Based on calculations of population attributable risk, approximately 27% of early-onset BCC cases could be prevented if individuals never tanned indoors. Among women under age 40, the proportion of preventable cases was even higher, with 43% of BCCs avoided if females did not tan indoors.
In this case-control study of early-onset BCC, we observed a 69% increased risk of disease with ever indoor tanning. The indoor tanning association was stronger for cases with multiple BCCs and more pronounced for women, as female indoor tanners were two times more likely to have BCC than women who had never tanned indoors. Indoor tanning was also more strongly associated with BCCs located on the trunk and extremities, body sites likely to be exposed predominantly when tanning, as compared to lesions on the head/neck, which receive considerable incidental UV exposure.
Prior to this investigation, research on indoor tanning and BCC (summarized in Table IV) had largely been in older populations,20-25 with only two small studies of early-onset BCC.26-27 The prevalence of indoor tanning in studies of BCC cases of all ages has been quite low, and in combination with limited sample sizes, may have hindered the ability to detect associations if they existed. Several other studies, also with limited power and lack of quantitative measures, have evaluated indoor tanning in relation to multiple skin cancer types combined, with a 24% non-significant increased risk for skin malignancies on the head/neck31 and null results for NMSCs in two hospital case-control studies.32-33
The summary association between indoor tanning and melanoma from a meta-analysis was statistically significant, but of fairly modest effect size (OR= 1.15, 95% CI=1.00-1.31).17 However, much of the melanoma literature and many studies of indoor tanning and nonmelanoma skin cancer suffer from important limitations, including lack of sun exposure data, low prevalence of indoor tanning, and no quantitative information to examine dose-response relationships. Recent studies in melanoma, done in younger and more highly exposed populations, that addressed many of these limitations observed much stronger associations of melanoma with ever indoor tanning, as well as dose-response relationships.34-35 In our study among a highly exposed population with extensive data on indoor tanning and sun exposure, the risk estimate for indoor tanning in relation to BCC was very similar to newer findings for melanoma,34-35 highlighting the importance of study design and population exposure in interpreting findings regarding health effects of indoor tanning.
Age at initiation of indoor tanning may be an important component of skin cancer risk, as younger age at initiation has been more strongly associated with both melanoma overall17 and early-onset melanoma,35 with a suggestive trend for BCC.20 However, other evidence suggests a similar melanoma risk regardless of the age at initiation.34 The latter observation is consistent with our findings of increased risk of early-onset BCC across all ages of initiation of indoor tanning, but the range of age of when individuals first tanned indoors was fairly narrow in our young population; 95% started tanning indoors when they were 25 years of age or less and half reported their first use at age 17 or under.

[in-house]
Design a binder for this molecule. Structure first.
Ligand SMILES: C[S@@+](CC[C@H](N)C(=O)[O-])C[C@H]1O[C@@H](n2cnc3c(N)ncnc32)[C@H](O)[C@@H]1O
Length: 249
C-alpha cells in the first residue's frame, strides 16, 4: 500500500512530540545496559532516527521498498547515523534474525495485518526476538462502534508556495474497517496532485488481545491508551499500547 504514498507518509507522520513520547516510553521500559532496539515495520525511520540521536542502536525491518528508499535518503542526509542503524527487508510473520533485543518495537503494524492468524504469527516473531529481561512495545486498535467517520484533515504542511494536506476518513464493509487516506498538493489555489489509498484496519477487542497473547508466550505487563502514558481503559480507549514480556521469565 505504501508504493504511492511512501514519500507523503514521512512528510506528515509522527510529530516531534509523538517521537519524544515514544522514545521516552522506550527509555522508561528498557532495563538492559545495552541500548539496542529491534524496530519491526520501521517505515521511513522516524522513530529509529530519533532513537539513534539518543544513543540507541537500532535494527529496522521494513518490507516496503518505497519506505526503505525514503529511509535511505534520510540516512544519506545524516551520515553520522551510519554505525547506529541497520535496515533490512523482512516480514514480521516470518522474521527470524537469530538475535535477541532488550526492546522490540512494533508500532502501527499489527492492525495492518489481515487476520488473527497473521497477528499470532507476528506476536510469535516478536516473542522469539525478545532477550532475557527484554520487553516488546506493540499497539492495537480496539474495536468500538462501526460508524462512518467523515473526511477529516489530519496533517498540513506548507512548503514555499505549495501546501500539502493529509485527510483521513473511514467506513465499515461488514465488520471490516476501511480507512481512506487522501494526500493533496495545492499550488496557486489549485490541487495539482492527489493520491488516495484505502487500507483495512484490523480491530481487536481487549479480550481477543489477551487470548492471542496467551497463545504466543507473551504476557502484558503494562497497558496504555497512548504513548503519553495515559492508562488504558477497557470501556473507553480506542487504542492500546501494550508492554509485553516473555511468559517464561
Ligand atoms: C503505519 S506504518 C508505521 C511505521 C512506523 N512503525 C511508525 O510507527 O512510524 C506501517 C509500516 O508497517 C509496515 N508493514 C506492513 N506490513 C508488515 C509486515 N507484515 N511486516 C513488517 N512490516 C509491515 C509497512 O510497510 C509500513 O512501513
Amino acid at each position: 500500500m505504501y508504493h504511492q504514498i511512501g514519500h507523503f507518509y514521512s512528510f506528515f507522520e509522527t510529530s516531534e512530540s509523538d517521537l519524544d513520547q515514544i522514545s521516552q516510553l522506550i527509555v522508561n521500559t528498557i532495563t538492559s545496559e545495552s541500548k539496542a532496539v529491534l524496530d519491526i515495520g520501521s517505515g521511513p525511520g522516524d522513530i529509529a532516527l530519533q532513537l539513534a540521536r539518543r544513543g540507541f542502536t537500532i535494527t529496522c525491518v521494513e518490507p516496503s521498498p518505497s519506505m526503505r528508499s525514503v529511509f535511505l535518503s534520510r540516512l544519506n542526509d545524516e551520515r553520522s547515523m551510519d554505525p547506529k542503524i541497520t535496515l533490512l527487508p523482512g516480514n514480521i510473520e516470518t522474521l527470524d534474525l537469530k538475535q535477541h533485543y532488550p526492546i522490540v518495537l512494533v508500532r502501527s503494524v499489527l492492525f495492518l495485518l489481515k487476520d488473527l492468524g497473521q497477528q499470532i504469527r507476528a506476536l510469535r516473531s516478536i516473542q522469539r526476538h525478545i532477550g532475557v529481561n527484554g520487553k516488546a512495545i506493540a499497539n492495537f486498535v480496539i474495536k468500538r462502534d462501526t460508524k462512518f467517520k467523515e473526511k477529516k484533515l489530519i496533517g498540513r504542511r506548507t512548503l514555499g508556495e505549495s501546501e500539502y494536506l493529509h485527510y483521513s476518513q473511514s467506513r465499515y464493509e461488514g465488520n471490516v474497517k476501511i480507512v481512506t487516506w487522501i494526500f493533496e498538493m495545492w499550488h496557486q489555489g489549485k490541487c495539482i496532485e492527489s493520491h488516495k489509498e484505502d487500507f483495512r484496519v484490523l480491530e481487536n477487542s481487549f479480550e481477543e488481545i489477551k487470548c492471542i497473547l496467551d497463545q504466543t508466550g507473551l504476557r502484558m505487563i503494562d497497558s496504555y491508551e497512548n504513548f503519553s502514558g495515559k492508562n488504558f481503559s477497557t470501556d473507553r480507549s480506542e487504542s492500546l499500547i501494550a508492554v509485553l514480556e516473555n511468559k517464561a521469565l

In our sample, indoor tanning was much more common and frequent among women, and our population being predominantly female, limited our ability to examine the association in males. The stronger effect of indoor tanning in women is likely due to a number of factors, including earlier age at initiation, greater number of tanning sessions (more individuals with greater exposure), and a larger proportion of women with tumors located on the trunk and extremities, which were more strongly related to indoor tanning in our data. While exposure differences are the most likely explanation for the gender difference, some of the observed effects could be due to other unidentified factors and should be investigated in future larger or pooled studies. Of note, among men we saw the same pattern by body site, with elevated, though non-significant, associations for indoor tanning in relation to trunk and extremity BCCs. The differences we observed by body site are important, as they highlight that for those body parts that are less likely to be exposed to incidental solar UV, the effect of indoor tanning may be more pronounced. Consideration of body site in future studies may be necessary to accurately characterize risk. Our finding of an increased risk of UV from indoor tanning on BCC among individuals with at least one non-synonymous variant in MC1R suggests potential interactions between this gene and UV exposure that should be explored in larger studies.
Burns from indoor tanning were strongly related to risk of early-onset BCC; with evidence of a dose-response effect. Potential recall bias could be particularly relevant to reporting burns specifically to the biopsy site. Conversely, social desirability bias may have also been an issue, with BCC cases possibly under-reporting overall indoor tanning. Although the impact of these potential biases on our results are unknown, the percentage of cases and controls, 28% and 23% respectively, who reported burns from indoor tanning, was similar to the approximately 20% of individuals in general population samples who reported burns from tanning indoors in the previous 12 months.36-38